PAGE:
Dutch Disease explained
Does a person have it? Definitely not, it is not a medical condition; it is an economic condition. In the 1960s, much natural gas was found off the coast of Holland. By the 1970s, the oil and gas rush in that country had raised the value of the DUTCH Guilders (the name of the currency before the Euro) to a level where their manufacturing exports were no longer competitive.
In layman’s language, because the currency appreciated due to oil and gas revenue, it created a condition where too much foreign currency inflow (caused by the oil trade) was chasing too few local guilders. This caused the price of the local currency to become more expensive. The more expensive guilders caused everything made in Holland to become more expensive in the export market. This forced foreign customers to dump the Dutch products and look elsewhere for similar products more competitively priced.
For example, there was a boom in cheese exports from New Zealand. The product was found to be of quality similar to, but cheaper than, the Dutch cheese. This situation happened all across the Dutch manufacturing and agricultural sector, causing a major unemployment crisis, although oil and gas revenue was expanding.
In the case of Guyana, if the oil revenue is not channelled skilfully, we can find ourselves in a situation where the production cost for our rice can skyrocket to a point where no foreign market will touch our exports. In such a case, it would make better sense for the rice farmers to down tools and sit at home and collect a Government handout, which can be facilitated by the oil revenue. But that will cause tremendous harm to the long-term productive capacity of the economy, especially its work ethics.
Say it costs a local farmer Gy$1,000 to produce a bag of paddy (US$5 at an exchange rate of Gy$200 to US$1) and then he sells it to Mexico for Gy$1,200 per bag (US$6). In a situation where there is no Dutch Disease, it would cost most farmers around the world about the same to produce a bag of paddy if it were priced in Guyana dollars. When the oil revenues come along, our rice farmer would still produce his rice at Gy$1,000, but now the Guyana dollar gets more expensive as a result of the oil revenue. In this example, let us say it appreciates to G$150 to US$1. Because of oil revenue, the cost of production for the local rice farmer becomes US$7, rather than US$5 before the Dutch Disease. In the new condition, the rice farmer cannot continue to sell his paddy to Mexico for US$6 per bag, but may have to charge US$8 per bag, and Mexico will say, ‘No, thank you, Guyana, I can buy the same paddy from Vietnam for US$5 per bag’. There goes our rice industry, and the livelihood of 12,000 rice farmers, their workers, and their respective families.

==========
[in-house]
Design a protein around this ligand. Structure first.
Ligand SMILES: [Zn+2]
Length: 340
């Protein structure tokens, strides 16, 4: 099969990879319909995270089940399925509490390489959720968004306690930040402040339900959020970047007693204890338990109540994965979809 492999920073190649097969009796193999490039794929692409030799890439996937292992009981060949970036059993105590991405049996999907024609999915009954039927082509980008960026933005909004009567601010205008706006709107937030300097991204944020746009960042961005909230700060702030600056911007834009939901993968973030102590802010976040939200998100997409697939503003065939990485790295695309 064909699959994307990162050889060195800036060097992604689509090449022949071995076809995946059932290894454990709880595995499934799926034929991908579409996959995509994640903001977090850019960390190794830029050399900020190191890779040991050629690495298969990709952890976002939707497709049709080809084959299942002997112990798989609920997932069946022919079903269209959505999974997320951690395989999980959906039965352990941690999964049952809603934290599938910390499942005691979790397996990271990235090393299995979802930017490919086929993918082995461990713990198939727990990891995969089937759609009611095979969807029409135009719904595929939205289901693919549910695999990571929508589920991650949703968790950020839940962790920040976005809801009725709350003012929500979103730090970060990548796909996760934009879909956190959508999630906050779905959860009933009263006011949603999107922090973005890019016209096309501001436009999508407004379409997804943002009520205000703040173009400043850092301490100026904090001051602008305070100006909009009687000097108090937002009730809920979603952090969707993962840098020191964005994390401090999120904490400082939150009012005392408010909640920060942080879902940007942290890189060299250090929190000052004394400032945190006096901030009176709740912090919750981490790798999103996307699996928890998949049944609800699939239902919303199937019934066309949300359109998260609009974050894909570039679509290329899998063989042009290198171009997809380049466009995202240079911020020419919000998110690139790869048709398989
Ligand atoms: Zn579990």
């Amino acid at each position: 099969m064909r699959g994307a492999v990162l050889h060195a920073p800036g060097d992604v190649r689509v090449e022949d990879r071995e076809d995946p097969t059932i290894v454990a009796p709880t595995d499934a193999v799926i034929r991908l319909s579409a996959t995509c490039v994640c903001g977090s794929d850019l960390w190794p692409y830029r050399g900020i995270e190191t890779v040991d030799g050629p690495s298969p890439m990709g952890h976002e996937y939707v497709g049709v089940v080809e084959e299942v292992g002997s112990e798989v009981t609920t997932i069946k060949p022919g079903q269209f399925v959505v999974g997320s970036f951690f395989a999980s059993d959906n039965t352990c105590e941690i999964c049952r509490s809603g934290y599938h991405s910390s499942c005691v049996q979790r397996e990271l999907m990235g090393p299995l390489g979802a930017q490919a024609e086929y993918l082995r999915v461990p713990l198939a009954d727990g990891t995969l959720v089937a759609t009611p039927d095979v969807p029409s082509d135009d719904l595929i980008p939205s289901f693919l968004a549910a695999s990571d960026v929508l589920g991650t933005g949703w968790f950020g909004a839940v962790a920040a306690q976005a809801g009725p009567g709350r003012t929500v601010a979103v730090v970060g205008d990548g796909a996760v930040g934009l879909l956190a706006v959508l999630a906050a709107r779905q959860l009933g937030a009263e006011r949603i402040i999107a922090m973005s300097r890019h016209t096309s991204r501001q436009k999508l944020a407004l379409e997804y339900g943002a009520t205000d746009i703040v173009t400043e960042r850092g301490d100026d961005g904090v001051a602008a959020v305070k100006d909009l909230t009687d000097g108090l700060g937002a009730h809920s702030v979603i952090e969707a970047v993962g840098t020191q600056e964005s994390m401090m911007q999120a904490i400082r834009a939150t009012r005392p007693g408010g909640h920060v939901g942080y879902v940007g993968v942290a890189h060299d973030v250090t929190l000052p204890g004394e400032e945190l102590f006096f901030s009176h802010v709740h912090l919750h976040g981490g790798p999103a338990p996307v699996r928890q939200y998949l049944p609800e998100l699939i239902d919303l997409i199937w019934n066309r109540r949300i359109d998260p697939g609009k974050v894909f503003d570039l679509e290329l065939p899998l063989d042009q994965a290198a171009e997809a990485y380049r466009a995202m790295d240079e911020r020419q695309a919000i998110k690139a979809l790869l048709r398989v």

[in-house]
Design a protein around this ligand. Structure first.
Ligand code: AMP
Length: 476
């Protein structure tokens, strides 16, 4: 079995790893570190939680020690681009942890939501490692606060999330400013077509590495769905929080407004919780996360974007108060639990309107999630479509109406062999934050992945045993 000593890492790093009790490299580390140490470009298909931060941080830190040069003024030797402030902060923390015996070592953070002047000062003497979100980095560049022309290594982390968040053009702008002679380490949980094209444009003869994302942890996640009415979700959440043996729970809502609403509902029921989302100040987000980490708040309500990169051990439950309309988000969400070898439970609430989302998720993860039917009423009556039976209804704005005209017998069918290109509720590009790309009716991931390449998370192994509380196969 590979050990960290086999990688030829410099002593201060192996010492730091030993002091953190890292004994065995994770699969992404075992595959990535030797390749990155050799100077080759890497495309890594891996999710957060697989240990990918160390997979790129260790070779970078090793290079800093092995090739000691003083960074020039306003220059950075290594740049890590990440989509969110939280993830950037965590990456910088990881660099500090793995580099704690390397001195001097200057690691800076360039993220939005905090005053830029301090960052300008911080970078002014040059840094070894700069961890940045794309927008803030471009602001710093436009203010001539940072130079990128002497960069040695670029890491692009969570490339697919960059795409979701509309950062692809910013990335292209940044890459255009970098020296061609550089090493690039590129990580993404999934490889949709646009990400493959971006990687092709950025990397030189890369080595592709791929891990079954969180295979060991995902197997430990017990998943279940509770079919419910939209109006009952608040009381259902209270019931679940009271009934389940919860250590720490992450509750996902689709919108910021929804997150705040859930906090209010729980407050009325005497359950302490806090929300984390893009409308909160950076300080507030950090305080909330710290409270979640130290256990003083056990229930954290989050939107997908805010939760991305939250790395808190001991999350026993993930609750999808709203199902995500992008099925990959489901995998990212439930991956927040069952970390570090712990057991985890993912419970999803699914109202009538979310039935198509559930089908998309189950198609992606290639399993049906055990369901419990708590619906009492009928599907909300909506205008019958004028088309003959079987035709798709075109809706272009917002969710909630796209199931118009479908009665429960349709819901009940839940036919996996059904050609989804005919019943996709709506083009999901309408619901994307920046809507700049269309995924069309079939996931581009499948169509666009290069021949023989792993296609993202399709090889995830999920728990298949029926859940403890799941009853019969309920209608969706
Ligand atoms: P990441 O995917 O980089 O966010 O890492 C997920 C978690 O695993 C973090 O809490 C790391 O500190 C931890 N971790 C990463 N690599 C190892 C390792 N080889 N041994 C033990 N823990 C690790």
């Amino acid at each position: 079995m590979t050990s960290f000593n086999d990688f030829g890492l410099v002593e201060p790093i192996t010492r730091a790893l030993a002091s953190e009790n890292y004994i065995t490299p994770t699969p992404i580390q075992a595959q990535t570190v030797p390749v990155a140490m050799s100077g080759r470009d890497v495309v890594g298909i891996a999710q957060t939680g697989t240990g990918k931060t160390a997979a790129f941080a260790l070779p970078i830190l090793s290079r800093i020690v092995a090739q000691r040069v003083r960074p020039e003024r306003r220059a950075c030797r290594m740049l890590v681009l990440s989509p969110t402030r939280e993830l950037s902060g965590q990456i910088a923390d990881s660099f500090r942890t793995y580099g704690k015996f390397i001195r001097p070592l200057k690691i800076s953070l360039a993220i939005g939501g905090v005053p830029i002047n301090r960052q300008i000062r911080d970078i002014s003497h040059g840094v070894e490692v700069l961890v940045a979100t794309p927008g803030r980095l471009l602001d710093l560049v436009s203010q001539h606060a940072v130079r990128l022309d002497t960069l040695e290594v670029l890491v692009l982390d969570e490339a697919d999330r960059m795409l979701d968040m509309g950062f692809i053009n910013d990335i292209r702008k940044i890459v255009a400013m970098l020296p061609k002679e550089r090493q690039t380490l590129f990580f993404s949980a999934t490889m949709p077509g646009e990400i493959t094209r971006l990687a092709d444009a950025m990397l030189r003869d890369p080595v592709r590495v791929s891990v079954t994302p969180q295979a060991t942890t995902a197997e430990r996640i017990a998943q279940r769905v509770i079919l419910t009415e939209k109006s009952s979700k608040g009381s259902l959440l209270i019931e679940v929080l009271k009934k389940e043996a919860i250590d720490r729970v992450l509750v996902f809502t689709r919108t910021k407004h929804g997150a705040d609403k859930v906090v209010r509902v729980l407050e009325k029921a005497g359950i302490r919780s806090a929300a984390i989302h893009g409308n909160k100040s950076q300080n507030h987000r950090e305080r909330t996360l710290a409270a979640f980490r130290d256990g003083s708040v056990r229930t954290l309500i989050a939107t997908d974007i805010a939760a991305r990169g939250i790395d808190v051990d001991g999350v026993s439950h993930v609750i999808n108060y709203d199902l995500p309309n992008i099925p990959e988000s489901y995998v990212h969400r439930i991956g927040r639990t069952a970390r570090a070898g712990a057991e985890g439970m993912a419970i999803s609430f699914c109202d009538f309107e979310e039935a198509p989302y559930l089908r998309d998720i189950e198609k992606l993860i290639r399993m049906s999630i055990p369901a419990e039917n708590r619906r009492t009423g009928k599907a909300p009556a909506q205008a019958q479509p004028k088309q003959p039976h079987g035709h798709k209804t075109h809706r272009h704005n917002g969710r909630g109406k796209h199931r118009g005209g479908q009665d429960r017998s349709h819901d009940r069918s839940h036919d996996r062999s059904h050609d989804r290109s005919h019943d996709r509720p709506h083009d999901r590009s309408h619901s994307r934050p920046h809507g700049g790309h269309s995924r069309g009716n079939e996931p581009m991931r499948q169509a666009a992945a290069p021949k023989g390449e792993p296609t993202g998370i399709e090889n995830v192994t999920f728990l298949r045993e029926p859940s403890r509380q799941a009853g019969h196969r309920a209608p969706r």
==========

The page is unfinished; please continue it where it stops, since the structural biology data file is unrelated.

What is Midstream?
Midstream is the function of the oil and gas industry in providing the vital link between producing areas and population centres, where industrial, refining, and residential customers are located. Transportation, transmission pipelines, storage and front-end processing plants are the major assets in the midstream oil and gas industry.
What is Downstream?
Advanced processing and selling of refined products made from crude oil are classified as downstream activities in the oil and gas industry. Key downstream industries include the petrochemical industry, product marketing, and wholesale and retail of oil and gas-related products. This is where the most jobs and the most profits in the industry reside. So, in summary: Upstream is drilling down and extracting up raw materials, e.g. oil & gas; Midstream is transport oil & gas to refineries, storage, and front-end processing; while Downstream is the distillation, refracting and production of the final materials, which we all buy and use and also includes the high-technology petrochemical industry, such as fertilizer production, etc.
Safety and environmental considerations are critical in all ‘streams’: in upstream, there is the potential for uncontrolled explosions and environmental spills; in midstream, there is the risk of impacts and, again, spills; and in the downstream, again, the risk of explosions and chemical contamination. You just need to read the accident investigation reports from major incidents to understand these; e.g. Piper Alpha, Grangemouth, Texas City, Exxon Valdez, for a start. Hopefully, the above information is sufficient to push forward the conversation about the production process, which shall be written about next week.